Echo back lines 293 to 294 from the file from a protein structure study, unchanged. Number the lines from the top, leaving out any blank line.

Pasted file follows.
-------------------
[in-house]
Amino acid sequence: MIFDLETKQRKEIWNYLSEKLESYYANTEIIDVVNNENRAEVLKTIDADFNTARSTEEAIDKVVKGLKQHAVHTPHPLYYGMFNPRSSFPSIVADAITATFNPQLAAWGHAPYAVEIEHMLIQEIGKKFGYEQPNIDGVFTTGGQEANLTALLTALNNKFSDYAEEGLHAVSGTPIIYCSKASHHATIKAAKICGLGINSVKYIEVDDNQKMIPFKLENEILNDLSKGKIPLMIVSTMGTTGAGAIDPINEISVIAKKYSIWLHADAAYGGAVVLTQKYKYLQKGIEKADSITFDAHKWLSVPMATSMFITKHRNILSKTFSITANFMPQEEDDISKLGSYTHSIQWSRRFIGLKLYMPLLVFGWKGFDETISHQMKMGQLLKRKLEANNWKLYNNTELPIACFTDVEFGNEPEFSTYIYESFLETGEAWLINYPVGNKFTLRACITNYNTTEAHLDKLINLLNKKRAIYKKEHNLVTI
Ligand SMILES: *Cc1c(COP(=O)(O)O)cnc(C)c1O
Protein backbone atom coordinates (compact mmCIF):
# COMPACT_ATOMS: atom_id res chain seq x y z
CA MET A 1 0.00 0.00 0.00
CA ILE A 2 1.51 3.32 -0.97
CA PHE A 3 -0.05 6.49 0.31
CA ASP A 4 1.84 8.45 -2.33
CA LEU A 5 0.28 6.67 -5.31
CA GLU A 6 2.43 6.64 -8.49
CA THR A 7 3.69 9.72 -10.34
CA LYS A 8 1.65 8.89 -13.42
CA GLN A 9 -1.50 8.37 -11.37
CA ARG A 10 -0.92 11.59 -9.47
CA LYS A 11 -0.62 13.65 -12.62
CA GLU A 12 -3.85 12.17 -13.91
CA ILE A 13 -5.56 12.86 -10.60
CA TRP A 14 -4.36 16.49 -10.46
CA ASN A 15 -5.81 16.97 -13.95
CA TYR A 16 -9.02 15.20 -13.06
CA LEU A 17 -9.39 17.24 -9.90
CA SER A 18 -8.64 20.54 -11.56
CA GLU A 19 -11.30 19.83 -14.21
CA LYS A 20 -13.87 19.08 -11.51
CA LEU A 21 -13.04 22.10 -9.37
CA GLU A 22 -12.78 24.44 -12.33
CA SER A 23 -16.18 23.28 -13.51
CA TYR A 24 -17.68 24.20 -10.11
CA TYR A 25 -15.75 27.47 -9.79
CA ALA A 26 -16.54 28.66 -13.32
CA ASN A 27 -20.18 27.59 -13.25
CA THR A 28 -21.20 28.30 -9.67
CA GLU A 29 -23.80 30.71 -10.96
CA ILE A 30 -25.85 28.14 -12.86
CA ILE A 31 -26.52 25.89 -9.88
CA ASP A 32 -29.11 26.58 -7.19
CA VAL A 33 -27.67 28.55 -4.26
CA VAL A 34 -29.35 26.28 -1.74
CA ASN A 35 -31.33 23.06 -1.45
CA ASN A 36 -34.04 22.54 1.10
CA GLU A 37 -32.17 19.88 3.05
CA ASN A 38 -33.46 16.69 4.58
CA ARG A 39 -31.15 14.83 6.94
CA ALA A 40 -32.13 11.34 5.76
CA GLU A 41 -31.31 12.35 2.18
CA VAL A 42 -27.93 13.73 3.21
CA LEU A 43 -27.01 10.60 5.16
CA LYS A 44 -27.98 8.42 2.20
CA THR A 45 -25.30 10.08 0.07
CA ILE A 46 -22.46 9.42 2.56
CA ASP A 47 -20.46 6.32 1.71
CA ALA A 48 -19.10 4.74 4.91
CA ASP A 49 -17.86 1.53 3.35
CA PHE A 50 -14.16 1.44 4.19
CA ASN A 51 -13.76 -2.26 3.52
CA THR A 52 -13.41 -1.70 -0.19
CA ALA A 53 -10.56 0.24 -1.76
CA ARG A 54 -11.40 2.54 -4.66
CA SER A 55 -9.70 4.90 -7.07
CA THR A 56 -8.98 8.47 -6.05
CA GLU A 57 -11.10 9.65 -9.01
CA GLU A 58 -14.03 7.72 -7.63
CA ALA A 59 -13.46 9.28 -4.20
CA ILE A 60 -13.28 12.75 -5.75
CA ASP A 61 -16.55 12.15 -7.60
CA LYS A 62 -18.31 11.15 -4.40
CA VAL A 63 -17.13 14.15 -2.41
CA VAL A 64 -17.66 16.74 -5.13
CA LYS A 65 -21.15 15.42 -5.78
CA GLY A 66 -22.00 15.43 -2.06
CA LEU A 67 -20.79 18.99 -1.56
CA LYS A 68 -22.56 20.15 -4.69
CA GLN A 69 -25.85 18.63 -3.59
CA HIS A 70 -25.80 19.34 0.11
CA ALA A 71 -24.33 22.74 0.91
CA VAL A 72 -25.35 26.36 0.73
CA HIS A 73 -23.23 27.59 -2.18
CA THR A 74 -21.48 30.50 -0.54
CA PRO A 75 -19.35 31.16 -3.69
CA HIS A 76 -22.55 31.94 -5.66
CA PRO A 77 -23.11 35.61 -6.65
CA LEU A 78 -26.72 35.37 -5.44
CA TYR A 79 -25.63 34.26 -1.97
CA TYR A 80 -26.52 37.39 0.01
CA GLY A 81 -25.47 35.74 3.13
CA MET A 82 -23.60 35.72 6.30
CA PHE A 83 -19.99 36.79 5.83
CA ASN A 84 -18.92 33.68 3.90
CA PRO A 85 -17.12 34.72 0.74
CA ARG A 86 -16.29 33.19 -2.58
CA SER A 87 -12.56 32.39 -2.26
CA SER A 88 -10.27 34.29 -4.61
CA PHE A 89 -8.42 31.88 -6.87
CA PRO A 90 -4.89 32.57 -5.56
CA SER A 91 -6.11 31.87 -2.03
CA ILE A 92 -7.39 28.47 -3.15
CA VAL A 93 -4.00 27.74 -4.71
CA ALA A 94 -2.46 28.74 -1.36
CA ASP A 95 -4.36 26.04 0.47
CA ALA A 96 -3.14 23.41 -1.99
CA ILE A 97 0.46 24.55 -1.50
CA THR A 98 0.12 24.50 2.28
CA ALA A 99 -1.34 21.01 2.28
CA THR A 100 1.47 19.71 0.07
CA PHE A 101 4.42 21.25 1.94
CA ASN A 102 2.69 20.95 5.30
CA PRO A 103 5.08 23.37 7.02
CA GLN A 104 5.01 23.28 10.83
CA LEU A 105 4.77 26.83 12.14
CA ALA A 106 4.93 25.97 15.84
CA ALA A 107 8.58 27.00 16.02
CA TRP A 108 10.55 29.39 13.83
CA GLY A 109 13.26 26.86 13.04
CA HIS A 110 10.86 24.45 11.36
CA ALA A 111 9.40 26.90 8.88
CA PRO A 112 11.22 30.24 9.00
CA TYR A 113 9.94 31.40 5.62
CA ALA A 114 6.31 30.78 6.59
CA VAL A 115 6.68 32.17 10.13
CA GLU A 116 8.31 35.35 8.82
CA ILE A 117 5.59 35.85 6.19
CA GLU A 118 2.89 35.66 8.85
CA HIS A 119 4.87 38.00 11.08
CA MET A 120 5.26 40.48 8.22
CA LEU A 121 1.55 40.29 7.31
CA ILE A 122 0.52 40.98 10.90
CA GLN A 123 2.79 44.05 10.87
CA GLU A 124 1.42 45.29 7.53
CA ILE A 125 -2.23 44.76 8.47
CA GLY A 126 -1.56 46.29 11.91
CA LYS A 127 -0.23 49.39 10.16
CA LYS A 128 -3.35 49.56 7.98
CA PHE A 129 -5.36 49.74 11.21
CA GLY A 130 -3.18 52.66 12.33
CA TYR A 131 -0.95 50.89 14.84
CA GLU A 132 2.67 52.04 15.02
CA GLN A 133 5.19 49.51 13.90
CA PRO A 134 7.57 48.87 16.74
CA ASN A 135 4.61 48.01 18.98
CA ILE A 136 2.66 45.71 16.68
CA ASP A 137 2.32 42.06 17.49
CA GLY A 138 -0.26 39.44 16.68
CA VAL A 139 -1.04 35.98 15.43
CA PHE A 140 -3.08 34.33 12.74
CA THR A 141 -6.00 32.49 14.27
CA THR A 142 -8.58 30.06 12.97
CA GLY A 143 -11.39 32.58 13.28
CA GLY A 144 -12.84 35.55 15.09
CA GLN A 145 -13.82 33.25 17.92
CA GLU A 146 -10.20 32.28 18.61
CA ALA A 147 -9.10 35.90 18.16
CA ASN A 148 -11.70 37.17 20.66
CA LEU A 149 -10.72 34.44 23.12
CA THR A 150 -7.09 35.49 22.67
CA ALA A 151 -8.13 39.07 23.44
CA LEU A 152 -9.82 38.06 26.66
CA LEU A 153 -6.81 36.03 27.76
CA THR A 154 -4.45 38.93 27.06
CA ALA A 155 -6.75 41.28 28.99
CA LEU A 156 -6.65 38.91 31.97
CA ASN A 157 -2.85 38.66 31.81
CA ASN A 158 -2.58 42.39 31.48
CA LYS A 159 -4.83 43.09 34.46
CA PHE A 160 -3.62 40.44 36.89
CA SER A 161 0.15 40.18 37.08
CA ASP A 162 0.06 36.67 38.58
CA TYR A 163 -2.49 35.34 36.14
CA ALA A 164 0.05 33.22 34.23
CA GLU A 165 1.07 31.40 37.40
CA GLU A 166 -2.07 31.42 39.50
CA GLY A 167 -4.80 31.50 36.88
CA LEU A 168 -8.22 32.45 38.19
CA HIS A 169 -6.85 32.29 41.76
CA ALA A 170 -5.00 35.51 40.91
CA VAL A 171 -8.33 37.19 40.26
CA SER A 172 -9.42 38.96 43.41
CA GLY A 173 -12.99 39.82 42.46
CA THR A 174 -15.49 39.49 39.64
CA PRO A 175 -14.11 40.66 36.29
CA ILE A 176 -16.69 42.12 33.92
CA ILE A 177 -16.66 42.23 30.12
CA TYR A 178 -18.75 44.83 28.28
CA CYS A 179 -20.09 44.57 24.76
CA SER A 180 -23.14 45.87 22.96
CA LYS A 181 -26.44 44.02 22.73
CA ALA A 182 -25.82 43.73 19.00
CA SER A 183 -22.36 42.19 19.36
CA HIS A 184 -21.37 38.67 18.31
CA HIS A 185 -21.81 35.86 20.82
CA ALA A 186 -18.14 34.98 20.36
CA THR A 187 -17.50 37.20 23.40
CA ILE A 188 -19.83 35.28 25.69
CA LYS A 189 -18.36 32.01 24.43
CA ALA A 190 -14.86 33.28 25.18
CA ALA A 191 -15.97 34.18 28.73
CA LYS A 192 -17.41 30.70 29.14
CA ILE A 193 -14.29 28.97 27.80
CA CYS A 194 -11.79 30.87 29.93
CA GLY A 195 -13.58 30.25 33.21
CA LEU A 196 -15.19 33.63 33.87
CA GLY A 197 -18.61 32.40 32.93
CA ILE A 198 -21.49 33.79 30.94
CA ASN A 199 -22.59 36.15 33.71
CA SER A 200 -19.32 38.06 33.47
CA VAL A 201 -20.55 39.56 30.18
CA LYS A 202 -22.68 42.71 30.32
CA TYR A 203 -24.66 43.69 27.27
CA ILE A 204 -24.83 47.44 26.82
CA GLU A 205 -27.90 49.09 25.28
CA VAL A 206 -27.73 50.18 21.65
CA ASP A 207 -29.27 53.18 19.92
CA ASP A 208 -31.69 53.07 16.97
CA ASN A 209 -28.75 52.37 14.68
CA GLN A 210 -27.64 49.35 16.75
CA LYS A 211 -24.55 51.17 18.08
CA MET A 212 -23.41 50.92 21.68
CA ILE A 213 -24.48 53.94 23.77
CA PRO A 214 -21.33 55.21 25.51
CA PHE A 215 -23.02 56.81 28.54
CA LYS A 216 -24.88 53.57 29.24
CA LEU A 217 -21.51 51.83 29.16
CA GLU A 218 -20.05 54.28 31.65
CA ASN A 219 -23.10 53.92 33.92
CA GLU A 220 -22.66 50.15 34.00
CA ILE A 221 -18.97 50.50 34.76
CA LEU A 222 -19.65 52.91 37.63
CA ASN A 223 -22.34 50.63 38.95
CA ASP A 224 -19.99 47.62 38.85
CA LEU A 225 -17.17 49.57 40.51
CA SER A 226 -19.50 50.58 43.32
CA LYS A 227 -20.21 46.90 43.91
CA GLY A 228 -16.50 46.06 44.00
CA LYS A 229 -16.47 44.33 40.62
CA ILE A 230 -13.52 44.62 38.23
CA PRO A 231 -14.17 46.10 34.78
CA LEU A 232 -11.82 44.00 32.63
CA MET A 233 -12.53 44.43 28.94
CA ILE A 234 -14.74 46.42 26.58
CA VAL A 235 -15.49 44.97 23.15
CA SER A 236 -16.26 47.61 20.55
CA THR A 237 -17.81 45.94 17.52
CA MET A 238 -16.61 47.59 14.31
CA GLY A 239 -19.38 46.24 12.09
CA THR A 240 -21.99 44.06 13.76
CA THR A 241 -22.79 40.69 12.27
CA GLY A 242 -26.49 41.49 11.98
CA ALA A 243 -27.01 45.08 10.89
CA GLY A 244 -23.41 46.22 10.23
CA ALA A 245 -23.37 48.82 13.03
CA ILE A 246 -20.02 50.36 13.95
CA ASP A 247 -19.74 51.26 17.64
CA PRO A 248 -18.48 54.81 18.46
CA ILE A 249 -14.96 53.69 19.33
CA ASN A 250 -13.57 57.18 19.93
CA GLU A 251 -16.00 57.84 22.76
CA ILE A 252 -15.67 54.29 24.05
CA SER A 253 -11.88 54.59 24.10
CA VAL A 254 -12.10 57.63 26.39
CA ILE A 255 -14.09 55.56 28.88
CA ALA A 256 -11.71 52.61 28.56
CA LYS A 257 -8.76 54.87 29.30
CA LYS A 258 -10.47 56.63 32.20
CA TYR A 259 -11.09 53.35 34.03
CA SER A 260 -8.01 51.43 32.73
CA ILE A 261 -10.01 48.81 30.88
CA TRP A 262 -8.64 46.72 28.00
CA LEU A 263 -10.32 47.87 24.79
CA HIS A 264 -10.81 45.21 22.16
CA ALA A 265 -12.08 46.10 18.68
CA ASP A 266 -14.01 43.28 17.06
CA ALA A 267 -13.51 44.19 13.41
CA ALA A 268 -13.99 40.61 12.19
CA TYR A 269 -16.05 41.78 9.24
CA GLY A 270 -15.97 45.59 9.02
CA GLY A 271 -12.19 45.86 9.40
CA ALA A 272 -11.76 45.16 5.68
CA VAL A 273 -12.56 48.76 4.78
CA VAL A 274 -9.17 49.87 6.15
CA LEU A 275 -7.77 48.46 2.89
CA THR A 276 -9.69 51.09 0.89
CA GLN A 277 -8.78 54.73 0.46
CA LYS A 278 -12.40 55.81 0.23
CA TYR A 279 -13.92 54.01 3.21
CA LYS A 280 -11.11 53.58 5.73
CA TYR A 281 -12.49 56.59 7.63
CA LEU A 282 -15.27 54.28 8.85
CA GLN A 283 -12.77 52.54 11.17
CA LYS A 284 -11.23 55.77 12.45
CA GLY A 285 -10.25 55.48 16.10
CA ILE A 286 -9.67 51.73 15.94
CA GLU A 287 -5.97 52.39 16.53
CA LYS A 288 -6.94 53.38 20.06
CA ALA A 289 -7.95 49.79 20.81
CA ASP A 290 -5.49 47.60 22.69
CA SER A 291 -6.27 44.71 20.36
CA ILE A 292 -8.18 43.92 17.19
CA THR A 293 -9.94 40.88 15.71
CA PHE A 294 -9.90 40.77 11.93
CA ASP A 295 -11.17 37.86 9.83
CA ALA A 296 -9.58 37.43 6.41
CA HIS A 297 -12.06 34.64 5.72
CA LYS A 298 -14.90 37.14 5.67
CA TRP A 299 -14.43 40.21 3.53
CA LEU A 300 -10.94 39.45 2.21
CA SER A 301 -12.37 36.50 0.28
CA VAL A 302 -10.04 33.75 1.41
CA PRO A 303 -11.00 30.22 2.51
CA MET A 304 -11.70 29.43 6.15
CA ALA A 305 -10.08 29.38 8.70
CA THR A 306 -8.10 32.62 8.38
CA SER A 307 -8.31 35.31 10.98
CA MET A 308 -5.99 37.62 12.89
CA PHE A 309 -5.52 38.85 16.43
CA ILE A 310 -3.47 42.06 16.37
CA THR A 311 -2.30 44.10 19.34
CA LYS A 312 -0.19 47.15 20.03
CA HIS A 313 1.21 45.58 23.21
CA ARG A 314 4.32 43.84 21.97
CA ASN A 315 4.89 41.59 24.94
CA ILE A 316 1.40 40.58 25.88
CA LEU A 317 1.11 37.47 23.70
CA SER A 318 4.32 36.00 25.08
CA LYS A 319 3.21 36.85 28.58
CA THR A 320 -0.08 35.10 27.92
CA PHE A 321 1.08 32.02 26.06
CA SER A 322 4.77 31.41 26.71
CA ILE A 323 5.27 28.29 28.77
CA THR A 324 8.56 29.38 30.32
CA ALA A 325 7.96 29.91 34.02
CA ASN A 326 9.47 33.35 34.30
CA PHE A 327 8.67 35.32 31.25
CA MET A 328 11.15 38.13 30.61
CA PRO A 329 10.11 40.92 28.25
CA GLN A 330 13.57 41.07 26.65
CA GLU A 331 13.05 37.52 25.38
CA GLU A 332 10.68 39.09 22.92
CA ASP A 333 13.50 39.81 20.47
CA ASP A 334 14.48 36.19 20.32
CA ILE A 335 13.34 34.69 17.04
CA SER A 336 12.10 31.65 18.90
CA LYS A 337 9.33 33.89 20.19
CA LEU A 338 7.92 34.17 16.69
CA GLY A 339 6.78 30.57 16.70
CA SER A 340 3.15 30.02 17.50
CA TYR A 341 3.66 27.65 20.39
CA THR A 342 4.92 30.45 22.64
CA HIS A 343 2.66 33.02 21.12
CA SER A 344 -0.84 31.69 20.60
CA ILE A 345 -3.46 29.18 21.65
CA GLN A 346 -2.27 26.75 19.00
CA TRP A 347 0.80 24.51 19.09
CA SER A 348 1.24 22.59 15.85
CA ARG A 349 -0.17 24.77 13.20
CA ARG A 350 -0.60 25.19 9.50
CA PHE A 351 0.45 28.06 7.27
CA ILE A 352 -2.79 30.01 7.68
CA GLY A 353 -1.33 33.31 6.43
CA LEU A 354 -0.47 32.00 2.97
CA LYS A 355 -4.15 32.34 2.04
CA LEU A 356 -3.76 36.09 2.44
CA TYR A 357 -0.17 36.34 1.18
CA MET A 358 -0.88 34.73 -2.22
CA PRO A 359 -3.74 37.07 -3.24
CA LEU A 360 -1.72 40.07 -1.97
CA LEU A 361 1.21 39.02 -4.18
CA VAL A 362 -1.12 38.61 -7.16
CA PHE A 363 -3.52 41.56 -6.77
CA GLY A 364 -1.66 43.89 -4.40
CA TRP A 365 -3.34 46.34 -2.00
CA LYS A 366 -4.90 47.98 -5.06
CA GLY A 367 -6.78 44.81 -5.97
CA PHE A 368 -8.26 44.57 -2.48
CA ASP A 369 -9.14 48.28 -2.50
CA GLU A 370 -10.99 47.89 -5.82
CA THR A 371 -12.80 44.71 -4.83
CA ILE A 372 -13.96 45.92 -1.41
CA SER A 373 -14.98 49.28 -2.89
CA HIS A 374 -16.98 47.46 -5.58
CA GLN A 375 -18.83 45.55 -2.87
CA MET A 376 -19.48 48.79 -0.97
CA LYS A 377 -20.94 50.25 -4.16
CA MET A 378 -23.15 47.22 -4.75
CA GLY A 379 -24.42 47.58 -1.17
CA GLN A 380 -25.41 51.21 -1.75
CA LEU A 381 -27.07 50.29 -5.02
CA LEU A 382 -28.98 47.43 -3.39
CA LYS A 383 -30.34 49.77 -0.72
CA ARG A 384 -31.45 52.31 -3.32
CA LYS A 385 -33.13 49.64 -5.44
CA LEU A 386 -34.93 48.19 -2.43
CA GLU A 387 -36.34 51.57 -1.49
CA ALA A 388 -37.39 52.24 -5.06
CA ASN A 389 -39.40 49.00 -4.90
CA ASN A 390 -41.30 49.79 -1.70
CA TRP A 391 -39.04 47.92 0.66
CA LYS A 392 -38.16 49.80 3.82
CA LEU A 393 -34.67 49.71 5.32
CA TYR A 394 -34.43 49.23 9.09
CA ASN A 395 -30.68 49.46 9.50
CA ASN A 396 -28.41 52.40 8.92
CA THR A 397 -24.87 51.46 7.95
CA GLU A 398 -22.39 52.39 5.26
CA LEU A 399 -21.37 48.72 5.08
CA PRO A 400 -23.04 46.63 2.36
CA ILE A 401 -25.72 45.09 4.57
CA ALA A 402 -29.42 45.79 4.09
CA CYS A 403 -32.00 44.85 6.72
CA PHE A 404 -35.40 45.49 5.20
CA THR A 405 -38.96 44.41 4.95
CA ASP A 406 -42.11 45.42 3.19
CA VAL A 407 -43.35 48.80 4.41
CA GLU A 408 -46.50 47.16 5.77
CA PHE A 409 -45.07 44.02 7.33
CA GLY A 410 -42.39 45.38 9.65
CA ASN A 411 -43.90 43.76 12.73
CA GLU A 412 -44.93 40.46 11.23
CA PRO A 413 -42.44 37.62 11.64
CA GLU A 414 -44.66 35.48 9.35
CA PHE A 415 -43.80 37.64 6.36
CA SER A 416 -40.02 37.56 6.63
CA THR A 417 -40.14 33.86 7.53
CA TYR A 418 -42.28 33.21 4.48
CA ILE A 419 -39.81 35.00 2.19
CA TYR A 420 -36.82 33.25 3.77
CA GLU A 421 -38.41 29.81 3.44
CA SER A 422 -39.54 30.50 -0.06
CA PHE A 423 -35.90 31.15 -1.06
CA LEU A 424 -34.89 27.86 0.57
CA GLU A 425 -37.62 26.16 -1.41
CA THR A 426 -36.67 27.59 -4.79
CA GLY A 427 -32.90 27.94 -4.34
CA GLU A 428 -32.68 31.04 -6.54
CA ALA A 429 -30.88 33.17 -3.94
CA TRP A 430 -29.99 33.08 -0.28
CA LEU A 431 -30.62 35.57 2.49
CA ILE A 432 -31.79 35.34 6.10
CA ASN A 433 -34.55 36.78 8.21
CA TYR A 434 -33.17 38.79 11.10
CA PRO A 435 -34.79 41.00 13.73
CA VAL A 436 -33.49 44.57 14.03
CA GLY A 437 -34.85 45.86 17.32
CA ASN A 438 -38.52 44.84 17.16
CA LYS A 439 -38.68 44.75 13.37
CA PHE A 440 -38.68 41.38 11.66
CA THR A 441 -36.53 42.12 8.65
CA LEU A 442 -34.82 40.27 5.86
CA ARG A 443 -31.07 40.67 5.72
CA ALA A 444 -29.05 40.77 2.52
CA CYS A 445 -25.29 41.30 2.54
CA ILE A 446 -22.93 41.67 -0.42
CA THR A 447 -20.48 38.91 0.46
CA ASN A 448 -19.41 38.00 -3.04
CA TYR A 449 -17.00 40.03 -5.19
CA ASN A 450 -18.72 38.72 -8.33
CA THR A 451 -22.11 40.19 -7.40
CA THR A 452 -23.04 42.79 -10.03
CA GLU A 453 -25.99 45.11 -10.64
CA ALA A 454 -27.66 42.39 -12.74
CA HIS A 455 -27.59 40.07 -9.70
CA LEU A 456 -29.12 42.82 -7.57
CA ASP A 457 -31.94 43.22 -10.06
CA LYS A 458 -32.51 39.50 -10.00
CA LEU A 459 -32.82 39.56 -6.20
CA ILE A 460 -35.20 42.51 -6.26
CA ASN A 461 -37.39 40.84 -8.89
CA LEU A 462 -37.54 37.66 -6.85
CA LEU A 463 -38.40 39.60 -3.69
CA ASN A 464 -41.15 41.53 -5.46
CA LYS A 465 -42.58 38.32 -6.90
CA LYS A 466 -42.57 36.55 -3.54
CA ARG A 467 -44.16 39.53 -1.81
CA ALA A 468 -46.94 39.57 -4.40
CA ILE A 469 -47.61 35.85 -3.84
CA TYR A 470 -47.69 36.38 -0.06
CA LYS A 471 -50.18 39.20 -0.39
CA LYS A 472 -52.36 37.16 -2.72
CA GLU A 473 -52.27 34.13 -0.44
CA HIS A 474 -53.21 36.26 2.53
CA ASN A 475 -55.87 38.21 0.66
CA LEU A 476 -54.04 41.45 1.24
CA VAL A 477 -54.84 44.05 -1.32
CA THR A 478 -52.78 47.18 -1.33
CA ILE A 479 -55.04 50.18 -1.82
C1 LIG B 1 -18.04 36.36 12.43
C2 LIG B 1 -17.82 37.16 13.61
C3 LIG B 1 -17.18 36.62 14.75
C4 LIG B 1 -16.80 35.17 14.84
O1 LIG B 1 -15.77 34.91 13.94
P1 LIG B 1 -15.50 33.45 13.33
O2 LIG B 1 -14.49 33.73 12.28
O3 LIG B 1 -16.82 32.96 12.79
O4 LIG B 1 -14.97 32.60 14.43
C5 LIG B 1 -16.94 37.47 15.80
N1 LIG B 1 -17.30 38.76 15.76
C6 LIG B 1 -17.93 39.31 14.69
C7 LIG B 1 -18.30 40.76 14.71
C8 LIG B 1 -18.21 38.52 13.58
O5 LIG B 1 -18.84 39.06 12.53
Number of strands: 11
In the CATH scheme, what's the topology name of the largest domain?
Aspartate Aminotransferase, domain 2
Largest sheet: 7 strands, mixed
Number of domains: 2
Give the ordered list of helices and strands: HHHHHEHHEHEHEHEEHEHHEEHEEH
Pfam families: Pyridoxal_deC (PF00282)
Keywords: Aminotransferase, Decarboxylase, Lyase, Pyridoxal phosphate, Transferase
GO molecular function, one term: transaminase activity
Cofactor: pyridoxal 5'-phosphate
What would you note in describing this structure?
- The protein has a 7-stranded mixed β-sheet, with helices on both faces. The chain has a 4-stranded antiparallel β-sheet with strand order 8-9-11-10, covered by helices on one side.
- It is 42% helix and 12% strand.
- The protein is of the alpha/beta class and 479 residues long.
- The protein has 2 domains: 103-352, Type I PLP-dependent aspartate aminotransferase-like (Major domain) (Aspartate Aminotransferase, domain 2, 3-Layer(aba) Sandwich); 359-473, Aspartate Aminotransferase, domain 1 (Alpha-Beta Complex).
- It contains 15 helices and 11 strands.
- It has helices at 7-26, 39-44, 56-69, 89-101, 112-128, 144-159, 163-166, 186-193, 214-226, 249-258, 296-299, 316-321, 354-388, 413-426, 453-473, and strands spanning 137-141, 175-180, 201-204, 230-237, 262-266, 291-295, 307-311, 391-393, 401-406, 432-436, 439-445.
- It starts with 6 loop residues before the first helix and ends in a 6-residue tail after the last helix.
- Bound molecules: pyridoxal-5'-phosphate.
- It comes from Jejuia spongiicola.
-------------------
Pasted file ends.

CA LYS A 288 -6.94 53.38 20.06
CA ALA A 289 -7.95 49.79 20.81